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This draft Statutory Instrument has been printed in consequence of a defect in two previous draft Regulations of the same title and is being issued free of charge to all known recipients of those draft Regulations.

Draft Regulations laid before Parliament under section 45(4) of the Human Fertilisation and Embryology Act 1990, for approval by resolution of each House of Parliament.

Draft Statutory Instruments

2009 No. 000

Human Fertilisation And Embryology

The Human Fertilisation and Embryology (Special Exemption) Regulations 2009

Made

2009

Coming into force

1st October 2009

The Secretary of State for Health makes these Regulations in exercise of the powers conferred by sections 43(1) and 45(1) to (3A) of the Human Fertilisation and Embryology Act 1990(1).

A draft of this instrument has been approved by a resolution of each House of Parliament pursuant to section 45(4) of that Act.

Citation, commencement and interpretation

1.—(1) These Regulations may be cited as the Human Fertilisation and Embryology (Special Exemption) Regulations 2009 and shall come into force on 1st October 2009.

(2) In these Regulations—

“the Act” means the Human Fertilisation and Embryology Act 1990, and

“embryo” and “gametes” have the same meaning as they have by virtue of section 1(1), (4) and (6) of the Act in the other provisions of the Act (apart from section 4A)(2).

Keeping and examining gametes and embryos in connection with crime

2.—(1) Subject to the provisions of this regulation a person to whom a licence applies(3) or a person specified by the Authority may—

(a)keep or examine embryos; and

(b)store gametes,

in connection with the investigation of, or proceedings for, an offence under the Act.

(2) This regulation applies only to embryos and gametes—

(a)of which the Authority has taken possession; or

(b)which are being or have been transferred from the person by whom they were being kept to another person in accordance either with directions(4) or with other arrangements made by the Authority in connection with the investigation of, or proceedings for, an offence under the Act.

(3) Embryos and gametes to which this regulation applies shall be kept or examined in accordance with paragraphs (4), (5) and (6).

(4) Embryos and gametes shall be kept so as to secure, so far as reasonably practicable, that their condition does not deteriorate.

(5) Where embryos or gametes are kept or examined in any place where—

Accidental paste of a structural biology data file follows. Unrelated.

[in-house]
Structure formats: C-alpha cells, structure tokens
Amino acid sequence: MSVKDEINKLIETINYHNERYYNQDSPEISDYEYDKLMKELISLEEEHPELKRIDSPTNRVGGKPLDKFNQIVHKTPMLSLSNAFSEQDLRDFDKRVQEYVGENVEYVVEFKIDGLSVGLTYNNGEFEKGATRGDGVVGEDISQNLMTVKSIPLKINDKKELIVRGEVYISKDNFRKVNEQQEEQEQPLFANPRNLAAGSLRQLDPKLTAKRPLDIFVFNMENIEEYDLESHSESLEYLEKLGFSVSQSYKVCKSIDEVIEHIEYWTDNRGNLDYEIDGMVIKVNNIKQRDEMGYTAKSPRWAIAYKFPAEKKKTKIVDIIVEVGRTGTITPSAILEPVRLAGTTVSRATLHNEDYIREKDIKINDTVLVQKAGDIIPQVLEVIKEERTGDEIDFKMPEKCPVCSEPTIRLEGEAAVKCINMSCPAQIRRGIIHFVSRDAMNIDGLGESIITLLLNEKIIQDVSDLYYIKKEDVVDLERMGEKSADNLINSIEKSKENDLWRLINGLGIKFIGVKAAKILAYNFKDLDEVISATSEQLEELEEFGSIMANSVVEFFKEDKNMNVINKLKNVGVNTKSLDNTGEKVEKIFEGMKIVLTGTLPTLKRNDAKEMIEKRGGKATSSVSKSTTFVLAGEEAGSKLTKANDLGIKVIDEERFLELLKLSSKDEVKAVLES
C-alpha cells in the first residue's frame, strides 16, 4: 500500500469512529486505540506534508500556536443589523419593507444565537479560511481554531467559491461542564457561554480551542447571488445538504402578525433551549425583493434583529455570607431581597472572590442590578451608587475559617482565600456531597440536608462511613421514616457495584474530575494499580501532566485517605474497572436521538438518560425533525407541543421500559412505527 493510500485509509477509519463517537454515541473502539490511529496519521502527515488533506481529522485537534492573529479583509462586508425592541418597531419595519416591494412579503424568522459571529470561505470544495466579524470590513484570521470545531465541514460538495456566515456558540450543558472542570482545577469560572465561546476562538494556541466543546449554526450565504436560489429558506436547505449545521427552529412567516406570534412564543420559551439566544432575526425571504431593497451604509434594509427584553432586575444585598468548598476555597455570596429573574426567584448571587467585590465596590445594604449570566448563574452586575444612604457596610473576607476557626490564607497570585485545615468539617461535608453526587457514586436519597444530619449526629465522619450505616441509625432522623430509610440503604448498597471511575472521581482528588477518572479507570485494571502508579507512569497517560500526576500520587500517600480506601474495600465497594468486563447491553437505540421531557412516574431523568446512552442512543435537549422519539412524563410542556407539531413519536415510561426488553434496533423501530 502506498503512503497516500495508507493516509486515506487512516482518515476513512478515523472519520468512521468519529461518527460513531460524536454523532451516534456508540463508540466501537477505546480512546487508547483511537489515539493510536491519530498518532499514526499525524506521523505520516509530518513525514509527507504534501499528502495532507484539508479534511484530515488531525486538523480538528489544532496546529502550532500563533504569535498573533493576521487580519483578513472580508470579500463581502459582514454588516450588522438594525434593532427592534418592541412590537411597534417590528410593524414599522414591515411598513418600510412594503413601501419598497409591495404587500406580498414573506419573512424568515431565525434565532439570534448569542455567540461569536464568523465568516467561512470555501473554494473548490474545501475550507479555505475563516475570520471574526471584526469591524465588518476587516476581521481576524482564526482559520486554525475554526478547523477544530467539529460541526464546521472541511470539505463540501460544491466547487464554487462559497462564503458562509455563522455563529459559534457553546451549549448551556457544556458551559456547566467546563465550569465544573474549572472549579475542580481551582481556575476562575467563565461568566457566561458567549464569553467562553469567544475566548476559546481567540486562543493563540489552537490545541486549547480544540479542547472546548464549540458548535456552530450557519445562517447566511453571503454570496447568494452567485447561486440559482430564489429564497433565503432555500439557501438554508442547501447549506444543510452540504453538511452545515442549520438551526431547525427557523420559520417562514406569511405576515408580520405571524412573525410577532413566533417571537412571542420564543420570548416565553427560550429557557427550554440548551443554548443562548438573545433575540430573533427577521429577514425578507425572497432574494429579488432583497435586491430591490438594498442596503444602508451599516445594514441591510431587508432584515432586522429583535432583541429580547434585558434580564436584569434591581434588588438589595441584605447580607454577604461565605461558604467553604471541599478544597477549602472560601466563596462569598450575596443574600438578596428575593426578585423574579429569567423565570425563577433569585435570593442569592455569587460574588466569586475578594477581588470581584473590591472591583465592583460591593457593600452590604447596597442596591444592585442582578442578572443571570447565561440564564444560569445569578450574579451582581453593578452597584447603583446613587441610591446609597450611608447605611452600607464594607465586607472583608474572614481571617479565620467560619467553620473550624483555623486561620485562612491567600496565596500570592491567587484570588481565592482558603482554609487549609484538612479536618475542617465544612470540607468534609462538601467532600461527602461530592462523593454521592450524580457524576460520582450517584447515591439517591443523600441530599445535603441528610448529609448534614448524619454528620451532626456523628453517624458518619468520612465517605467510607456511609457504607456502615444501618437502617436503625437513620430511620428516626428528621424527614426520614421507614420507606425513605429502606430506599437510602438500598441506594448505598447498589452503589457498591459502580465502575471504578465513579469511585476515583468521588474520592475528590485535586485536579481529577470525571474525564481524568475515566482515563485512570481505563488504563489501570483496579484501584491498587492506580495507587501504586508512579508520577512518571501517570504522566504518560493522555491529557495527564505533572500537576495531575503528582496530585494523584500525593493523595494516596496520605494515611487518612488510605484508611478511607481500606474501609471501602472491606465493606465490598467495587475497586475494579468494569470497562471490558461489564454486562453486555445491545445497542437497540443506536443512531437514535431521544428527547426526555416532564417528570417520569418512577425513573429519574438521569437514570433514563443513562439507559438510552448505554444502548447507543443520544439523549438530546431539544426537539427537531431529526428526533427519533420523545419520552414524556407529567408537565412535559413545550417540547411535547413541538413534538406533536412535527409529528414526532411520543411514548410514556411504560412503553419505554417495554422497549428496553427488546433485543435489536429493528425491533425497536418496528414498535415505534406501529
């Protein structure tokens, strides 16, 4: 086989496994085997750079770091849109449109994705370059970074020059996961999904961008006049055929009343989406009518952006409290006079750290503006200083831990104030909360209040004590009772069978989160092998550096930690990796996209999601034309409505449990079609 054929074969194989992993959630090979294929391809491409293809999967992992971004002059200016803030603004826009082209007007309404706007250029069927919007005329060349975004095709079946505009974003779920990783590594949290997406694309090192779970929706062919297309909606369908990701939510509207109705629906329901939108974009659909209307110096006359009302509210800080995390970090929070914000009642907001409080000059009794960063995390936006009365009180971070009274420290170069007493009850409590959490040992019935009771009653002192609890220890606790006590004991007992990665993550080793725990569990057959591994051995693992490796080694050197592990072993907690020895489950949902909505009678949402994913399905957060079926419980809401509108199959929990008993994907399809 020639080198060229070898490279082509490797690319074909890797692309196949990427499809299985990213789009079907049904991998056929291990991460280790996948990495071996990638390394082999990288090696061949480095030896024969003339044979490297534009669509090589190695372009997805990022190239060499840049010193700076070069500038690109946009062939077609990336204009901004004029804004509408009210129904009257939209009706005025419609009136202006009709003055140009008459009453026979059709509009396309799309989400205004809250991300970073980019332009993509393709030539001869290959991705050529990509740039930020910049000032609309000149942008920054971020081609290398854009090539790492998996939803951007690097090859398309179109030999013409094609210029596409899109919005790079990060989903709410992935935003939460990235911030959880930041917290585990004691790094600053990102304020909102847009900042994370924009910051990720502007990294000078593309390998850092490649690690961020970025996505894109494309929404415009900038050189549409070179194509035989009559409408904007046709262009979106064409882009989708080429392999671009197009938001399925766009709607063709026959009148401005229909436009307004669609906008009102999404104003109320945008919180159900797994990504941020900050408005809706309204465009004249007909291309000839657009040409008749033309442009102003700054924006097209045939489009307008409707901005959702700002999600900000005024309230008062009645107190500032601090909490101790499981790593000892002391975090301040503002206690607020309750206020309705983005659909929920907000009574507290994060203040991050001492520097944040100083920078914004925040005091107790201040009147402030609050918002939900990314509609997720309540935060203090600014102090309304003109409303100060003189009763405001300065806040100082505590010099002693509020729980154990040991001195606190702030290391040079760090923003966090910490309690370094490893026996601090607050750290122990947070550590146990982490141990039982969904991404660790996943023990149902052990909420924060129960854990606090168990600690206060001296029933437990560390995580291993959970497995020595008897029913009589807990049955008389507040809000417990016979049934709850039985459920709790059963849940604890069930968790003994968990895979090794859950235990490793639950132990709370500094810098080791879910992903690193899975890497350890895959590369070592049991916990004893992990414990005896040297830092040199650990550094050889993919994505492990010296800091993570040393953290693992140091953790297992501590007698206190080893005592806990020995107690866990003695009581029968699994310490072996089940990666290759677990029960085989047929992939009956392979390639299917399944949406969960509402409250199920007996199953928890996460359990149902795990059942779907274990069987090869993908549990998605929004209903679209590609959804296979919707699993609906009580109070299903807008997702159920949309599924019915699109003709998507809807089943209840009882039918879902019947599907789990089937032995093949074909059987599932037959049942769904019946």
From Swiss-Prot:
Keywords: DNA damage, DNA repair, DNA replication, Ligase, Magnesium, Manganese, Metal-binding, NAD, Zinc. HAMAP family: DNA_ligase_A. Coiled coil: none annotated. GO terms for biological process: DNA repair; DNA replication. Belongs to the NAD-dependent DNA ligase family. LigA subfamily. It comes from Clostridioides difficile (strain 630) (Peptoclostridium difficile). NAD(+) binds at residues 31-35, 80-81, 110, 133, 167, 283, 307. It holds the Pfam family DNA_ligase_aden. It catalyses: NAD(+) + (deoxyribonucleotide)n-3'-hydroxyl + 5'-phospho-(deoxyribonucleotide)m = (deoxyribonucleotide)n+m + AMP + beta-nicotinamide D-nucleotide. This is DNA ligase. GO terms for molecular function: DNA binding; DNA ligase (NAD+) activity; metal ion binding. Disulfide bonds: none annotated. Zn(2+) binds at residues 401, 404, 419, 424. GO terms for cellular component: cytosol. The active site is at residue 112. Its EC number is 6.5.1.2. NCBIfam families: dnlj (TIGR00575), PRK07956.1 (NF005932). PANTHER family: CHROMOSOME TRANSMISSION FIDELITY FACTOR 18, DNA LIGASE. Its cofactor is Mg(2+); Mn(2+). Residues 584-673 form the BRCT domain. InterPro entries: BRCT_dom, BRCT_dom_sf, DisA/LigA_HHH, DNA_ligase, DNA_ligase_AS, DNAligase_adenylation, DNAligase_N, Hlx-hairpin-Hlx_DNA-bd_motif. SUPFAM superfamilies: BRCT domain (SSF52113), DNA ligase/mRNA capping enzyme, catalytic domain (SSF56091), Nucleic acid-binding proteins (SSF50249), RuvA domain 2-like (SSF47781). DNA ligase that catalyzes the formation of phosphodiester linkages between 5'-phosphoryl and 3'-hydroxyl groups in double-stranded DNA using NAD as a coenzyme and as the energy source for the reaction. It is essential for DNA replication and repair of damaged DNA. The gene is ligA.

(a)any activity governed by the Act is carried out in pursuance of a licence; or

(b)gametes are stored under regulation 3,

the containers of embryos or gametes to which this regulation applies shall be labelled in such a way as to make them easily distinguishable from containers of embryos or gametes kept in pursuance of a licence or referred to in sub-paragraph (b).

(6) Embryos and gametes shall be kept or examined in such conditions as are reasonable to secure that access to them is denied to persons other than those referred to in paragraph (1) who are concerned with the particular investigation or proceedings in connection with which those embryos or gametes are being kept or examined.

Storage of gametes for other purposes

3.—(1) Subject to the provisions of this regulation, a person may store gametes which are to be used only for a purpose or purposes falling within paragraph (2), but only in so far as such purposes do not consist of or include treatment services(5) or any purpose falling within paragraph (3).

(2) A purpose falls within this paragraph if it consists of—

(a)research on gametes;

(b)the development or testing of pharmaceutical or contraceptive products; or

(c)teaching requiring the use of gametes.

(3) A purpose falls within this paragraph if it consists of or includes any of the following—

(a)the use of gametes in any mixing of live egg and live sperm whether human or not;

(b)the use of gametes in bringing about the creation of an embryo;

(c)the use of gametes in bringing about the creation of a human admixed embryo(6);

(d)any use of gametes which could not be authorised by a licence;

(e)the supply of gametes to any person to whom a licence applies for use in any activity authorised by that licence;

(f)the supply of gametes to any person for money or other benefit unless the giving of the money or other benefit is authorised by directions in the case of gametes supplied in pursuance of a licence; or